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I'm writing a program that creates two threads. Each thread is responsible for reading through one text file, with one char on each line.

The first is formatted like:

h
0
h
0
...

The second is formatted like:

0
i
0
i
0
i

Sometimes there can be multiple letters after each other, or multiple zeros after each other. However, the one certainty is that if there is a letter on one line of one file, the corresponding line of the second file will have a 0, and vice versa.

The threads are supposed to keep reading the file input into a global char array until they reach a zero. At this point, they allow the other thread to take over. And they keep going back and forth until both files are completely read.

At this point, when I run, I get variations of either (1) many h's followed by many i's or (2) (the correct answer) a continuous stream of hihihi's, or (3) sometimes many i's followed by many h's. So, I know that my synchronization methods are off.

Here is an example of one of my threads: (Note both threads are exactly the same, except for the file being opened.)

void *getMessage1()
{
FILE *studentOne = fopen("Student1", "r");

size_t howManyChars;
char *placeHolderChars; 
int count = 1;
while (count < 501)
{
    placeHolderChars = NULL;
    getline(&placeHolderChars, &howManyChars, studentOne);

    if(strcmp(placeHolderChars, "0\n") == 0) //if we've reached a zero
    {

         pthread_mutex_unlock(&lock); 
    }
    else
    {   while(1)
        {
            if(pthread_mutex_trylock(&lock) == 0)
            {

                break;
            }
        }

        if(strlen(placeHolderChars)>0)
        {
             placeHolderChars[1] = '\0';
        }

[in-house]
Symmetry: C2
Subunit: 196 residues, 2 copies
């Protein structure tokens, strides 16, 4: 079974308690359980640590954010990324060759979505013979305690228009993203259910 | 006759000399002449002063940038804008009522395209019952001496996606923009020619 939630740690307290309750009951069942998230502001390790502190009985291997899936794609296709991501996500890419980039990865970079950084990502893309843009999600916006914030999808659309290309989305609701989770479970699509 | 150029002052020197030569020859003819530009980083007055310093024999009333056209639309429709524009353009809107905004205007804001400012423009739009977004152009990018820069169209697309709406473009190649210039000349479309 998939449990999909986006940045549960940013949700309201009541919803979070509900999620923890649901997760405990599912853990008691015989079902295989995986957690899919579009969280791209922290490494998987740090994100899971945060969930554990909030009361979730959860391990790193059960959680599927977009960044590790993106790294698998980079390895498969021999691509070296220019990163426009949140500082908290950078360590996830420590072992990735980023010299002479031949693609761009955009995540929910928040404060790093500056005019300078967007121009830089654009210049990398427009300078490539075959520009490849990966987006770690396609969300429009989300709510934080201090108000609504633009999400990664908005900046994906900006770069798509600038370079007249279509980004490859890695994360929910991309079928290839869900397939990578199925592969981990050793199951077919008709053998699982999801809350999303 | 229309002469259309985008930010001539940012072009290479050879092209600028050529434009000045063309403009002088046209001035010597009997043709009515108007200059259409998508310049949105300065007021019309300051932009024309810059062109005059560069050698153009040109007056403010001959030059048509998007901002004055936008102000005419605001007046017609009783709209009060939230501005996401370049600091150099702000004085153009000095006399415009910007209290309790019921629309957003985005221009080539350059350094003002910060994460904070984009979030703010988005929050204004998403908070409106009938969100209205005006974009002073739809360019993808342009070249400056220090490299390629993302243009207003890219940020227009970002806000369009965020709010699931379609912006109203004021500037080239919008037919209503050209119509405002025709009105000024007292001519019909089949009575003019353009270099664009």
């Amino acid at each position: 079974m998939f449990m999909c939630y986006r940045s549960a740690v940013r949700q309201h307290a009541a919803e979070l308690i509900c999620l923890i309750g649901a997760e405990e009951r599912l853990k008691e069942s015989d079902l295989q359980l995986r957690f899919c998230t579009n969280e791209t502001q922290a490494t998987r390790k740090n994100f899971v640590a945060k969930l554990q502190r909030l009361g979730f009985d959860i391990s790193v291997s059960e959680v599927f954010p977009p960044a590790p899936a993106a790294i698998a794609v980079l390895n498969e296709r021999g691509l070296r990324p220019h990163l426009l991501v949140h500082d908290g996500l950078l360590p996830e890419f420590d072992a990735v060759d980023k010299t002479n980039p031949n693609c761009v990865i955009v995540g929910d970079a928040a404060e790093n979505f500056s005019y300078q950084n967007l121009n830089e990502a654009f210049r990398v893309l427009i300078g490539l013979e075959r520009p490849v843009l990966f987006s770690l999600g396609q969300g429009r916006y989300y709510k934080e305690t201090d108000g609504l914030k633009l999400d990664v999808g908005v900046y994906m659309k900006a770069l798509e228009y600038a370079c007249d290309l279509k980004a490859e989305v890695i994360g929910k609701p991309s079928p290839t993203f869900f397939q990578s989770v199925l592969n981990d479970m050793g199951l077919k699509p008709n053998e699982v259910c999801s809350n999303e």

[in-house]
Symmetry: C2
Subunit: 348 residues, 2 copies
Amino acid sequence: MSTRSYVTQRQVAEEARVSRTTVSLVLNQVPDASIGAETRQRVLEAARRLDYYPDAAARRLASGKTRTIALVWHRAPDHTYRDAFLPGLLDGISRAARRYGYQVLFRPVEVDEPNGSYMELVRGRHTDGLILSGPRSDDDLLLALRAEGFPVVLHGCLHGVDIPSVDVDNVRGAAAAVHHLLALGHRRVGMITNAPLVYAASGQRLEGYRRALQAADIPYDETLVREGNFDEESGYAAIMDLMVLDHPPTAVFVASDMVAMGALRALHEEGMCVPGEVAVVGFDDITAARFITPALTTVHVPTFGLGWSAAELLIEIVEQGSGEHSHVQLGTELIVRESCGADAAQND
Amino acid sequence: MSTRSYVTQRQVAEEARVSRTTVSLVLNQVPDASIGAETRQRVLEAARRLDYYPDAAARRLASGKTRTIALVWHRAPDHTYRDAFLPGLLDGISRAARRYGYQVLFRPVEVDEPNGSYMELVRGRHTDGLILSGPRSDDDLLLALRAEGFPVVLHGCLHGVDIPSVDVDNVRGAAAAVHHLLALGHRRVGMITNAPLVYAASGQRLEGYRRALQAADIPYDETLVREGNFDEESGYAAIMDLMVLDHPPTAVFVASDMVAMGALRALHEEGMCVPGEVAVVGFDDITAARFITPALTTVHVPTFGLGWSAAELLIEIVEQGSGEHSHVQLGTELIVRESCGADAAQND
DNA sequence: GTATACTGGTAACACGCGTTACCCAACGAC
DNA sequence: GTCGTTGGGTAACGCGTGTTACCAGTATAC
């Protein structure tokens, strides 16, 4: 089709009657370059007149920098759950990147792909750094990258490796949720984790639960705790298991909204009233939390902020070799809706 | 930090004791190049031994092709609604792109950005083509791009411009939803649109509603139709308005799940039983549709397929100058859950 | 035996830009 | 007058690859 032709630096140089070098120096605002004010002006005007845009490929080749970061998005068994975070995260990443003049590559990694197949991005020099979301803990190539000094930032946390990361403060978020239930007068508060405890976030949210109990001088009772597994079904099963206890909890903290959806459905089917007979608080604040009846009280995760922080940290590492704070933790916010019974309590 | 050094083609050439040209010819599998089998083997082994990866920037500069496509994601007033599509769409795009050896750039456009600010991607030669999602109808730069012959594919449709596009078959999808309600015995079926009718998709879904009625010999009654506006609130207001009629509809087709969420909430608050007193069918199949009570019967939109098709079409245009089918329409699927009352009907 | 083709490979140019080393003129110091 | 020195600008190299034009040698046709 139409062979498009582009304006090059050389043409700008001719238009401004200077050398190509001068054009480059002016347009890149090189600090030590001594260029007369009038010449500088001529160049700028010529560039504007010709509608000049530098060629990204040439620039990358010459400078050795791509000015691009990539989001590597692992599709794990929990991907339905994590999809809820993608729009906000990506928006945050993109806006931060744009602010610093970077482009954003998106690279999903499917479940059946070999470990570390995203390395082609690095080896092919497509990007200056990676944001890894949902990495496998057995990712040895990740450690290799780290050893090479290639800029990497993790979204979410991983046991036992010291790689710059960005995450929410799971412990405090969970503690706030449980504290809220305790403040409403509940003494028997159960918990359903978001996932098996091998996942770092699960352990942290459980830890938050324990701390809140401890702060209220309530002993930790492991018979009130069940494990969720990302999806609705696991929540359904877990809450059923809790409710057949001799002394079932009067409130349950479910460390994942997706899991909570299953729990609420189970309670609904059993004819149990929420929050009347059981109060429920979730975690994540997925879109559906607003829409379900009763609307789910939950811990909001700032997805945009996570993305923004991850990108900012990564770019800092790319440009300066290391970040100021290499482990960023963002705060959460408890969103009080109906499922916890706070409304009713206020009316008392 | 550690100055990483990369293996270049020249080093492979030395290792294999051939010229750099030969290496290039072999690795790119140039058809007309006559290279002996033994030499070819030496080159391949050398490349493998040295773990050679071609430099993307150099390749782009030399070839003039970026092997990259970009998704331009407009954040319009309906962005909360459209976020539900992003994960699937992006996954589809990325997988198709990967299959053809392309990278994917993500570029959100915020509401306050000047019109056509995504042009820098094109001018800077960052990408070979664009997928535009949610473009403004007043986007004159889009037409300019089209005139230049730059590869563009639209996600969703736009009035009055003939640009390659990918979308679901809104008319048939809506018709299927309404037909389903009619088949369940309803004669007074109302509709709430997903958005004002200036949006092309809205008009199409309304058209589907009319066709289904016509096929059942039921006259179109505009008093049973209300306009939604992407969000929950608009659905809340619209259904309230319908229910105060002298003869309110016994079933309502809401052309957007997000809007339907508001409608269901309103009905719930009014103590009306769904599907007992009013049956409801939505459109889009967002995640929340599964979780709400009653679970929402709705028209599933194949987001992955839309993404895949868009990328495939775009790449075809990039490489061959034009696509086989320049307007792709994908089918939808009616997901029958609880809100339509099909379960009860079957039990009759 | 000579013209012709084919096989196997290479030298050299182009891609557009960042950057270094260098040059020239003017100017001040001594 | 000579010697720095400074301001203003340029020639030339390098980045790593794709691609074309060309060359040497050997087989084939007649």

strcat(message,placeHolderChars);
    }

    free(placeHolderChars);

    if(feof(studentOne))
    {

        pthread_mutex_unlock(&lock); //unlock
        fclose(studentOne);
        break;
    }
    count++;

 }

return 0;
}


Here is my main method:

int main(void)
{
pthread_t id1;
pthread_t id2;

pthread_create((&id1), NULL, getMessage1, NULL);
pthread_create((&id2), NULL, getMessage2, NULL);

pthread_join(id1, NULL);
pthread_join(id2, NULL);

int j;

for (j = 0; j < 1001; j++) 
{
     printf ("%c ",message[j]);
}

return 0;
}


What I have tried:

I have tried using various combinations of lock, unlock (mutex) and wait & signal. A user on stackoverflow told me that I should use semaphores instead of mutex.However, my professor told me that mutex would be the easiest/best way to do this.

I would appreciate any guidance on how I can better use lock, unlock, wait, and/or signal to create a working synchronization technique with consistent results.
Posted
Updated 23-Sep-17 16:53pm

1 solution

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Solution 1

First thing to do is to use the debugger and make sure everything is as expected. Inspect variables as they change. Check everything until only the mutex remain as explanation of problem.

There is a tool that allow you to see what your code is doing, its name is debugger. It is also a great learning tool because it show you reality and you can see which expectation match reality.
When you don't understand what your code is doing or why it does what it does, the answer is debugger.
Use the debugger to see what your code is doing. Just set a breakpoint and see your code performing, the debugger allow you to execute lines 1 by 1 and to inspect variables as it execute.

Debugger - Wikipedia, the free encyclopedia[^]

Mastering Debugging in Visual Studio 2010 - A Beginner's Guide[^]
Basic Debugging with Visual Studio 2010 - YouTube[^]
The debugger is here to show you what your code is doing and your task is to compare with what it should do.
There is no magic in the debugger, it don't find bugs, it just help you to. When the code don't do what is expected, you are close to a bug.
   

This content, along with any associated source code and files, is licensed under The Code Project Open License (CPOL)

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